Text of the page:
Turnpike Troubadours Take New Album to Unexpected Chart Heights - Rolling Stone
Country Flag
Home Music Country Music

Turnpike Troubadours Take New Album to Unexpected Chart Heights

Red Dirt veterans score career-high Billboard placement with independent album

Turnpike TroubadoursTurnpike Troubadours

Turnpike Troubadours' newest album may be independent, but it's enjoying mainstream success.

Tim Mosenfelder/Getty Images

In a year filled with chart-topping country albums by Aaron Watson, Jason Isbell and Blackberry Smoke, the Turnpike Troubadours are the latest independents to climb their way up the Billboard charts without help from mainstream radio. 

The band’s new, self-titled LP is currently sitting at Number Three on the Billboard Country Albums Chart, thanks to first week sales of 19,400 copies. For the Oklahoma-based Troubadours, who self-produced the record and partnered with Americana powerhouse Thirty Tigers for its release, a bronze medal on the Billboard charts is another not-so-small victory in a career that’s been built on the road. For nearly a decade, they’ve been one of the hottest tickets on the Red Dirt circuit, playing an ongoing string of 1,000- to 4,000-capacity venues across Oklahoma and Texas. In more recent years, the guys have expanded their reach to the rest of the country, too, selling out clubs in bigger cities — including a gig at L.A.’s Troubadour — where country music isn’t exactly the genre du jour. 

Flanking the Turnpike Troubadours on the Billboard charts are Alabama, whose Southern Drawl bested the Troubadours album by a scant 1,500 copies, and a cappella group Home Free, whose Country Evolution includes, coincidentally, a medley of Alabama songs. Both of those acts are unusual sights on the charts these days, but the two groups also enjoy the backing of major labels, with Alabama partnering with BMG and Home Free — recent winners on NBC’s The Sing-Off — teaming up with Sony. If anything, Alabama’s return to the charts is a sign of country fans’ loyalty toward the hit-makers of yesteryear, while Home Free’s success points toward the continued impact a reality TV singing competition can have on a group’s country career. The Turnpike Troubadours, on the other hand, are largely independent, backed not by the pockets of a record label CEO but by the support of a modest, loyal grassroots audience.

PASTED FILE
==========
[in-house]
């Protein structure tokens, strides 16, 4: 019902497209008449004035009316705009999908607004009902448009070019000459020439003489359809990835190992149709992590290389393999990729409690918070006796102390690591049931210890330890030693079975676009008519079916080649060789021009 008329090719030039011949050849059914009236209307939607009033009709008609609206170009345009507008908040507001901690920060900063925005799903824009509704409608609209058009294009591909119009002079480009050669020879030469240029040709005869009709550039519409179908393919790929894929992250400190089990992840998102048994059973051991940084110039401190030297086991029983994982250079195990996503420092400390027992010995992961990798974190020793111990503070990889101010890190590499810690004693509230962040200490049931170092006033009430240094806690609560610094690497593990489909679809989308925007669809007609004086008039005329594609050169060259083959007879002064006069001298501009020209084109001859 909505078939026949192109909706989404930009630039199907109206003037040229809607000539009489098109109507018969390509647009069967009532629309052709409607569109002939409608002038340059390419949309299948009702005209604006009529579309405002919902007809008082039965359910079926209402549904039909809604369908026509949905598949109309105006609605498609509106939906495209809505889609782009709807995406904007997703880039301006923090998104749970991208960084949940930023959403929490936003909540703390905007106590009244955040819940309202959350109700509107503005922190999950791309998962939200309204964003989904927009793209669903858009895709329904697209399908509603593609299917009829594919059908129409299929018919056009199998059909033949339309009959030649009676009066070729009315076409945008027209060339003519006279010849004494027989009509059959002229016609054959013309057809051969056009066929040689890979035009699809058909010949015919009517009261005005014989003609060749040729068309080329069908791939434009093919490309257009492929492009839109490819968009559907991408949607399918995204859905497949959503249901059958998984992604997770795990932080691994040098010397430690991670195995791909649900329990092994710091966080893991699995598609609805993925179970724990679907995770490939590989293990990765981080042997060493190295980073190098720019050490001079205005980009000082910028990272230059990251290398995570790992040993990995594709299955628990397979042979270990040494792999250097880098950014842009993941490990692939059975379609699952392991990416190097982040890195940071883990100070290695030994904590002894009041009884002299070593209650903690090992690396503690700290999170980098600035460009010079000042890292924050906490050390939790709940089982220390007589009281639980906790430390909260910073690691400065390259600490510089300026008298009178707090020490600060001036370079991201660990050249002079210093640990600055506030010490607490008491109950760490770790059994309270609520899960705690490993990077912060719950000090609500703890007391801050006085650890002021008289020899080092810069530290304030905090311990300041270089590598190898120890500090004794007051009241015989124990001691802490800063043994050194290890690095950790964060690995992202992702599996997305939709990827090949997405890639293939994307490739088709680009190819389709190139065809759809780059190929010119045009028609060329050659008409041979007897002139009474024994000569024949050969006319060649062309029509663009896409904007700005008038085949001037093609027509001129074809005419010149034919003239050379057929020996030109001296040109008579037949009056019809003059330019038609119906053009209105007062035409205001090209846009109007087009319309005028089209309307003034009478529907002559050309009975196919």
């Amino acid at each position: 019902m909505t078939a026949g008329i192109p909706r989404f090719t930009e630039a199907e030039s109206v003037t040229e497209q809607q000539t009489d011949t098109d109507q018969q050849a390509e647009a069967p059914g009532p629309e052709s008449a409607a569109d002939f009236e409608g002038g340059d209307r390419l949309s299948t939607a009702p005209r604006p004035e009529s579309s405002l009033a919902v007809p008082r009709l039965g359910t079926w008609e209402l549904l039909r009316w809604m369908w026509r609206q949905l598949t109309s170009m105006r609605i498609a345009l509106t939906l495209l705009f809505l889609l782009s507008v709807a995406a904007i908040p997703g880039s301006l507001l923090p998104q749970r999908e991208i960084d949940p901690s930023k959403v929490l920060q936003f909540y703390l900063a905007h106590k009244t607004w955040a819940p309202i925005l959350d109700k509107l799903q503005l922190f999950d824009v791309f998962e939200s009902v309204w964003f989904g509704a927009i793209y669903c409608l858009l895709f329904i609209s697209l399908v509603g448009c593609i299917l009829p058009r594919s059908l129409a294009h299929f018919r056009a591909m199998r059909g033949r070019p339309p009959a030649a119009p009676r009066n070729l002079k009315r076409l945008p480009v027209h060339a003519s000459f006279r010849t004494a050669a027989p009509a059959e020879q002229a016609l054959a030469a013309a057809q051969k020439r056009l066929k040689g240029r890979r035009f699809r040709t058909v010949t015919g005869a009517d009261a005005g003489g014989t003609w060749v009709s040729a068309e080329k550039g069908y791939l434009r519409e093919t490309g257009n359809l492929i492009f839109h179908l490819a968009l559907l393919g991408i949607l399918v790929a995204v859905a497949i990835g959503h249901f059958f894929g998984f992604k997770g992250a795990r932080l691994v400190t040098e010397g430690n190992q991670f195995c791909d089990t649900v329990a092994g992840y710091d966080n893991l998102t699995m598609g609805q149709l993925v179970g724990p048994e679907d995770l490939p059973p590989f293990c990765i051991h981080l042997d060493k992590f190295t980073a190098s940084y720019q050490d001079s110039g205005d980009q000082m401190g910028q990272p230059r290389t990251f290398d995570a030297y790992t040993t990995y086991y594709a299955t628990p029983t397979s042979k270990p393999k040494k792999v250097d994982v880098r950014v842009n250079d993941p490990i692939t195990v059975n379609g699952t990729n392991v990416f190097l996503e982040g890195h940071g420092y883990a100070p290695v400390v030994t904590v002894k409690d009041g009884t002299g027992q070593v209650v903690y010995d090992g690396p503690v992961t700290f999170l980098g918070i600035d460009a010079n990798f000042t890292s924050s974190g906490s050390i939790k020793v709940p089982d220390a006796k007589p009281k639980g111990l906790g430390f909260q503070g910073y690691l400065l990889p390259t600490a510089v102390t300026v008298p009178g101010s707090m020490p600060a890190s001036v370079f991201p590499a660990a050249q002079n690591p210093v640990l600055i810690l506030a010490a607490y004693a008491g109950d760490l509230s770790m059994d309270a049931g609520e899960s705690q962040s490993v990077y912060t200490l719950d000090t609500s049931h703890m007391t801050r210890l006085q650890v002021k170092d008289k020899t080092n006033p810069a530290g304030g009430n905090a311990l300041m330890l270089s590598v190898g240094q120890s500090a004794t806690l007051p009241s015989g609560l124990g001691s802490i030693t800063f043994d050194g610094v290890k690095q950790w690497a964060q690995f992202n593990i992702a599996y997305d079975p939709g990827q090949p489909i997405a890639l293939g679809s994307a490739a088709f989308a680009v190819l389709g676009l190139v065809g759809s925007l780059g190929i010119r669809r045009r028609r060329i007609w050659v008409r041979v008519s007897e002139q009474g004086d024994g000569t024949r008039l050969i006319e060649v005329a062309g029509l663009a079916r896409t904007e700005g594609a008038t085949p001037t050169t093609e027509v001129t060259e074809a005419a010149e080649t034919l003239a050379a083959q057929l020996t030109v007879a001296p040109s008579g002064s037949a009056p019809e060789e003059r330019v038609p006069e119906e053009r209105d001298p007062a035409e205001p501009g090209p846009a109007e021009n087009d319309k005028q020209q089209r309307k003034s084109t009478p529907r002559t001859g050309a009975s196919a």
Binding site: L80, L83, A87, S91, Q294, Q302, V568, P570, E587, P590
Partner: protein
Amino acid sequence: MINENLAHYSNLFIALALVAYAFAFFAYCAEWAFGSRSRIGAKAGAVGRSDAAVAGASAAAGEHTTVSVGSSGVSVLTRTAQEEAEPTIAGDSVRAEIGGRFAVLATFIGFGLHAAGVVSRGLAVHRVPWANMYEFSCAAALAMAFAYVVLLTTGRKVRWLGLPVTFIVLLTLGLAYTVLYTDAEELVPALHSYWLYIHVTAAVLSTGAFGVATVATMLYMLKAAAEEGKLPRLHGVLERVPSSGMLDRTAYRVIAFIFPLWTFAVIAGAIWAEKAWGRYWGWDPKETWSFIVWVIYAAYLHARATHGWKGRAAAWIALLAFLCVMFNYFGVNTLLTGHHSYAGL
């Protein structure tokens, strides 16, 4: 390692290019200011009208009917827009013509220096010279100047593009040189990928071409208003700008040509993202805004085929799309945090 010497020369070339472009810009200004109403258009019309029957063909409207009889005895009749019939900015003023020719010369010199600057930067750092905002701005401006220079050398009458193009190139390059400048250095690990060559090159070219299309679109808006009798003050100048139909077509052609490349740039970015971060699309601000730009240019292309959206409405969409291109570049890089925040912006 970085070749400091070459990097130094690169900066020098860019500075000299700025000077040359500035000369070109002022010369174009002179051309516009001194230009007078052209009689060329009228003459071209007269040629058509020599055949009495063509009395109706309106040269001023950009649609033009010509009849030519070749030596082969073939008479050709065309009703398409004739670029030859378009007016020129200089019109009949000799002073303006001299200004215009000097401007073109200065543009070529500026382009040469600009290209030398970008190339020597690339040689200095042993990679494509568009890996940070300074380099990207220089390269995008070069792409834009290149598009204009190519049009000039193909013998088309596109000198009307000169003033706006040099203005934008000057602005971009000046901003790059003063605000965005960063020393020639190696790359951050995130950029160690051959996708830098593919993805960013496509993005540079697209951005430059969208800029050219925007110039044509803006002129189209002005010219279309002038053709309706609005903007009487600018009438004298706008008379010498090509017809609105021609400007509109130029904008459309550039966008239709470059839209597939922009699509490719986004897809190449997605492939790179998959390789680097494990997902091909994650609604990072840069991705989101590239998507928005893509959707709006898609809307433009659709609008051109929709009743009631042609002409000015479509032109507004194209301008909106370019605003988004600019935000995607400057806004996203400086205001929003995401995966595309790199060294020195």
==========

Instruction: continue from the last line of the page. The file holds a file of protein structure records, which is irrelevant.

To celebrate, the guys are doing what they’ve aways done: hitting the highway and playing more shows. A cross-country with fellow Thirty Tigers roster mates the Black Lillies will take the band from the west coast to the Appalachians, with stops at New York City’s Highline Ballroom and West Virginia’s Mountain Stage along the way.


Powered by
Arrow Created with Sketch. Calendar Created with Sketch. Path Created with Sketch. Shape Created with Sketch. Plus Created with Sketch. minus Created with Sketch.